The songs of our great teachers (acharyas) instruct us about the character of those absorbed in transcendence. Thus we get a glimpse of their spiritual, compassionate vision--we can thus imagine what it must be like, and try to enter into it according to our capacity. They desire that everyone be overcome with the bliss of chanting the holy name of Krishna. This is true enlightened welfare work. Seeing the Universe's inhabitants as illusioned by the false promise of material enjoyment, Shrila Bhaktivinode Thakur, from his spiritual perspective, prays for everyone to lose all worldly desires by tasting the sweetness of Krishna's name (harinam).
Understanding even in theory that our true identity is spiritual--eternal, blissful, consciousness--or said negatively, that we are "not the body", is the beginning of spirituality. Though considered basic or "elementary" in our progressive spiritual life, the fact that we are not the physical body or mind but consciousness, is a matter of deep realization to understand.
By spiritual constitution we are all one--individuals of the same nature and family of God. We come into the material world and accept a false ego that tells us we are the material body, mind, intelligence and emotions, and that we should act for this selfish self interest. We believe we must compete with others for what we perceive as scare resources and facilities for survival and enjoyment.
At times we may feel like this: "How pitiful that although I believe in my and everyone's spiritual identity and also have experience of myself beyond the perishable body, I am still affected by the same selfishness."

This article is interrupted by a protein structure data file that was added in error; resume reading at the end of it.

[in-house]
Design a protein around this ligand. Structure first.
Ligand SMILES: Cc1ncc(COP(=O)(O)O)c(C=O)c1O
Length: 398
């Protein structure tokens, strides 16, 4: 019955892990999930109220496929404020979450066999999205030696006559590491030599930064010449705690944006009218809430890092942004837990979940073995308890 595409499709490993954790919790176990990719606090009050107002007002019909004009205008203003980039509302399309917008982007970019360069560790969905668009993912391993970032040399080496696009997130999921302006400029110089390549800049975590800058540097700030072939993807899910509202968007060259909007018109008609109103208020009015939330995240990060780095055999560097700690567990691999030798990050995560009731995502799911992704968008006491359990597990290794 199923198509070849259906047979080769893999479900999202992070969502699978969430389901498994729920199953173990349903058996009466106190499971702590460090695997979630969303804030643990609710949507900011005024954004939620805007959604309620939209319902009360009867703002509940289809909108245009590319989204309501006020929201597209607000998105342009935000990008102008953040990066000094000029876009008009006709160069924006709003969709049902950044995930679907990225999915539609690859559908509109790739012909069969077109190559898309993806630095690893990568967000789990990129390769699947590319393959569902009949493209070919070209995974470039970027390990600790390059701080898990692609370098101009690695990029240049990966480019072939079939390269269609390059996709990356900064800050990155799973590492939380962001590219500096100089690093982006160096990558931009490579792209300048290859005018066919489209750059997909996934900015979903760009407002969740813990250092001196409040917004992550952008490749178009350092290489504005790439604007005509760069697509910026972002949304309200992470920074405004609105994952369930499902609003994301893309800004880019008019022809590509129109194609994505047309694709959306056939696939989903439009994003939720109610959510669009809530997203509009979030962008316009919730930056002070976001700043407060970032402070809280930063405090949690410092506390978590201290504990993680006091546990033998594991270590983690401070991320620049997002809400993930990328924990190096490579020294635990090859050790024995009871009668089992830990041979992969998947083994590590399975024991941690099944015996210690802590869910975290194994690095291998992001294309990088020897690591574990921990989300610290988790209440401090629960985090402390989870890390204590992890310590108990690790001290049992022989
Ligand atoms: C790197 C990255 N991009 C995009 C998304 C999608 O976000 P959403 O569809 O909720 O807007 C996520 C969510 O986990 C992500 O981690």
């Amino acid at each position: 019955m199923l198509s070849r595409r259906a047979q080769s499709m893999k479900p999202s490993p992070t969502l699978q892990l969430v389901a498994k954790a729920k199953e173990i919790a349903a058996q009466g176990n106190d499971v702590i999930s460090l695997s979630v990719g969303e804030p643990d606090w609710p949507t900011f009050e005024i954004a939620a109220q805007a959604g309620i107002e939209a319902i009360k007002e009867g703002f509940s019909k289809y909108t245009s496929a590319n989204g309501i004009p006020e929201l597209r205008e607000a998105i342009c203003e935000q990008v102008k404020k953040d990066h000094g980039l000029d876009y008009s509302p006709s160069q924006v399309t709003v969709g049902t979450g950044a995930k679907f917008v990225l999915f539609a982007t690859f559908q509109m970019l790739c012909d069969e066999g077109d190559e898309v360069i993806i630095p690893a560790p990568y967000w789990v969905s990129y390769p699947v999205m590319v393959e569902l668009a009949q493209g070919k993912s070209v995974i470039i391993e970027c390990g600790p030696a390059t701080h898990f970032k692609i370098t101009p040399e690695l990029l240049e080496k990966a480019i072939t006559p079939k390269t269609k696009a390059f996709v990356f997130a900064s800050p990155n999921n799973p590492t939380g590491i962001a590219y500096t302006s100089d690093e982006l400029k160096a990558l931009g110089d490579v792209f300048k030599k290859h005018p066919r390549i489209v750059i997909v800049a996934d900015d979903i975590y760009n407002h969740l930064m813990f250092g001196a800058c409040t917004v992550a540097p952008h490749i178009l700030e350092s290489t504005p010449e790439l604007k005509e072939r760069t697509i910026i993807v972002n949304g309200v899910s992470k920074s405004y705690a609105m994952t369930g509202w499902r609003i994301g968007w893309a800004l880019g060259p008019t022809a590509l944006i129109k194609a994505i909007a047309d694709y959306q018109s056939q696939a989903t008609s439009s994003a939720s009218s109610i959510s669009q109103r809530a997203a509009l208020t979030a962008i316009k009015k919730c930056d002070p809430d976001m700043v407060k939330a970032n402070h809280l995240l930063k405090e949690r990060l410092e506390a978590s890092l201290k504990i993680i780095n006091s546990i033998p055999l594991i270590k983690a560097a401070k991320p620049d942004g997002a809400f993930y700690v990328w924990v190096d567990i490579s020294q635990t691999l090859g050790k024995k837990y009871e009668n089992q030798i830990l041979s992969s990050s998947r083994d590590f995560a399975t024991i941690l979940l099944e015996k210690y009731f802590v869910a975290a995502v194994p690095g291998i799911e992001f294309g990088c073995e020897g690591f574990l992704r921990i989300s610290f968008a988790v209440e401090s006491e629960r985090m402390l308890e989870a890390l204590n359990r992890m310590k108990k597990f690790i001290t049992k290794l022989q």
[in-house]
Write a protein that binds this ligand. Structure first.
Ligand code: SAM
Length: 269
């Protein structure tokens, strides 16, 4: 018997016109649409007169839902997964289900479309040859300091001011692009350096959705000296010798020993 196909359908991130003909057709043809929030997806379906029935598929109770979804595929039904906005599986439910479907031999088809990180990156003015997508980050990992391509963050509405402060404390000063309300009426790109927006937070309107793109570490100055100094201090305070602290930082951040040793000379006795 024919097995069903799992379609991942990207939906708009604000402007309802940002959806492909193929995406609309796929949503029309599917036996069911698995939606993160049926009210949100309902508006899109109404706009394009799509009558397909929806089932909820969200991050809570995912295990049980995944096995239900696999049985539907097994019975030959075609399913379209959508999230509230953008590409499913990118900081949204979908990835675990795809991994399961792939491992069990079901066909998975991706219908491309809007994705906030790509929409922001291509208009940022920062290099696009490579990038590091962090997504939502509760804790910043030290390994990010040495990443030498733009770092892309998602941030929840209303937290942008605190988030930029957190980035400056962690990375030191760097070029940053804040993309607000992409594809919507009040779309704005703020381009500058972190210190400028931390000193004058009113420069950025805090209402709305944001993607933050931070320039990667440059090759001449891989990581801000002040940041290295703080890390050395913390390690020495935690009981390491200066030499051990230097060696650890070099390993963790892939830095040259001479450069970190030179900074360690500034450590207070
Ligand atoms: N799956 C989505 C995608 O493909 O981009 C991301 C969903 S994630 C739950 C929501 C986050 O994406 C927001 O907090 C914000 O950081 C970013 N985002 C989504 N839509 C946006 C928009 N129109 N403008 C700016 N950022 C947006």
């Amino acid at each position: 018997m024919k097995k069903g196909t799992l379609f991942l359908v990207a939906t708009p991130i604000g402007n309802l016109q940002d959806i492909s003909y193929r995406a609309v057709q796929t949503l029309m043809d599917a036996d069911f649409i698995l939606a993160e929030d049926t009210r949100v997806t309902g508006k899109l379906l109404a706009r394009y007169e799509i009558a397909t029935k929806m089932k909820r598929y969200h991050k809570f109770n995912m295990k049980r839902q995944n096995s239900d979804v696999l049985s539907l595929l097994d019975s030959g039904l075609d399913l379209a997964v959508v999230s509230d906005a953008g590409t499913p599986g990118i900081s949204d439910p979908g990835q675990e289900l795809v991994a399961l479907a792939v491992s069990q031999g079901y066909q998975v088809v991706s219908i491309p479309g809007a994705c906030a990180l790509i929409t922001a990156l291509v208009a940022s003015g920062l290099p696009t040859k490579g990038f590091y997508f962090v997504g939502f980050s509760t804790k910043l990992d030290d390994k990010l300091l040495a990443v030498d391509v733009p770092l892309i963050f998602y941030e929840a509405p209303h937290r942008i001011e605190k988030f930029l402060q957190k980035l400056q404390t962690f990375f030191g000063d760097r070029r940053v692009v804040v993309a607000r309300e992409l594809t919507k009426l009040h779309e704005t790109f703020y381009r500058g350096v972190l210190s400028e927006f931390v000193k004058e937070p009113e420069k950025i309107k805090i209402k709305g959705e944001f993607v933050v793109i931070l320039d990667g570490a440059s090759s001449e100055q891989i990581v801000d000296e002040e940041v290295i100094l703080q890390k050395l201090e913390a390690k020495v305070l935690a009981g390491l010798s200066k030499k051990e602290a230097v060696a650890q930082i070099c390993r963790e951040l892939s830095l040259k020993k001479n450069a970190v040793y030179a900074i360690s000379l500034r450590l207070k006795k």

As aspiring devotees of Krishna it is essential that we have a philosophical attitude toward life, rather then only religious sentiments. Prabhupada's (my guru's) sannyas name--Bhaktivedanta Swami--teaches us that we have to have a philosophical understanding--Vedanta--as well as devotion--Bhakti. He taught us an important idea originally coined by Rabindranath Tagore: "Religion without philosophy is sentiment, or sometimes fanaticism, while philosophy without religion is mental speculation."
People like happy endings in stories, books or movies. Some would say this is “human nature” but really the body is a reflection of the soul, and the soul is by nature happy. Since we identify ourselves as the body, our conditioned reasoning only suggests the body and mind and its extensions as objects of enjoyment. Unfortunately physical manipulation and stimulation does nothing for the souls needs.
My wife and I share many things. Sometimes we share sickness, and today we are both "under the weather" with some type of flu or the like. I rose after my usual sleep quota of 7 hours to put wood on the fire and take some ginger root and lozenges for my throat, but went back to bed. After that we got up late to chant (mantra meditation or prayers).
I can't say I practice this statement completely, though I appreciate the sentiment and contemplate the meaning. It is the attitude of the topmost devotee who sees everyone engaged in Krishna's service except themselves. Though I can't imitate this consciousness, remembering this statement helps me endeavor to see the good qualities in others. It is a good affirmative statement to honor people we meet or devotees we may know, and reflect that the shortcomings we may perceive in others, we may have as well--some in abundance!
There are literally unlimited topics to write on for devotees. This is especially true for those of us who see the world through a writers mind--the whole world and everything and everyone may be grist for the mill of our pen, guided as we are by the Bhakti scriptures and pure devotees.We might imagine how many books there would be if as much attention were given to the Gita, Shirmad Bhagavatam or the Chaitanya Charitamrita as has been given to the Bible.